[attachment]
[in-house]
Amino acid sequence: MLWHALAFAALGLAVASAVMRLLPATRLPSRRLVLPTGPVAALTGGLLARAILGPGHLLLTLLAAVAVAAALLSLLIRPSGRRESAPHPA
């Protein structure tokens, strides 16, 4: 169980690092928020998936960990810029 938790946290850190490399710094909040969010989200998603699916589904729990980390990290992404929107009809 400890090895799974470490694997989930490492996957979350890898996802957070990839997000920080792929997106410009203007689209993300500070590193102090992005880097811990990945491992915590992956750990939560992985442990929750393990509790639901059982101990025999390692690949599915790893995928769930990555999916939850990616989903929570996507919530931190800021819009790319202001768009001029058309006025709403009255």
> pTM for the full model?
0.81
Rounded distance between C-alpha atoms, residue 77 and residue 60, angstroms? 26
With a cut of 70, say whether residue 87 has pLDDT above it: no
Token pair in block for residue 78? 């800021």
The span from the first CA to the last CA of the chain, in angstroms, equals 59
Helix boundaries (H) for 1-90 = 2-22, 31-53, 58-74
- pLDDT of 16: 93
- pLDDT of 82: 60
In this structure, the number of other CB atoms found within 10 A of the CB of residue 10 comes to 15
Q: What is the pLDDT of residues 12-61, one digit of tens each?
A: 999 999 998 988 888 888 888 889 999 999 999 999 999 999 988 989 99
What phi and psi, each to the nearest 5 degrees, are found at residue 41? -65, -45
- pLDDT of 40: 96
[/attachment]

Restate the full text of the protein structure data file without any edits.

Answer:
[in-house]
Amino acid sequence: MLWHALAFAALGLAVASAVMRLLPATRLPSRRLVLPTGPVAALTGGLLARAILGPGHLLLTLLAAVAVAAALLSLLIRPSGRRESAPHPA
């Protein structure tokens, strides 16, 4: 169980690092928020998936960990810029 938790946290850190490399710094909040969010989200998603699916589904729990980390990290992404929107009809 400890090895799974470490694997989930490492996957979350890898996802957070990839997000920080792929997106410009203007689209993300500070590193102090992005880097811990990945491992915590992956750990939560992985442990929750393990509790639901059982101990025999390692690949599915790893995928769930990555999916939850990616989903929570996507919530931190800021819009790319202001768009001029058309006025709403009255």
> pTM for the full model?
0.81
Rounded distance between C-alpha atoms, residue 77 and residue 60, angstroms? 26
With a cut of 70, say whether residue 87 has pLDDT above it: no
Token pair in block for residue 78? 């800021």
The span from the first CA to the last CA of the chain, in angstroms, equals 59
Helix boundaries (H) for 1-90 = 2-22, 31-53, 58-74
- pLDDT of 16: 93
- pLDDT of 82: 60
In this structure, the number of other CB atoms found within 10 A of the CB of residue 10 comes to 15
Q: What is the pLDDT of residues 12-61, one digit of tens each?
A: 999 999 998 988 888 888 888 889 999 999 999 999 999 999 988 989 99
What phi and psi, each to the nearest 5 degrees, are found at residue 41? -65, -45
- pLDDT of 40: 96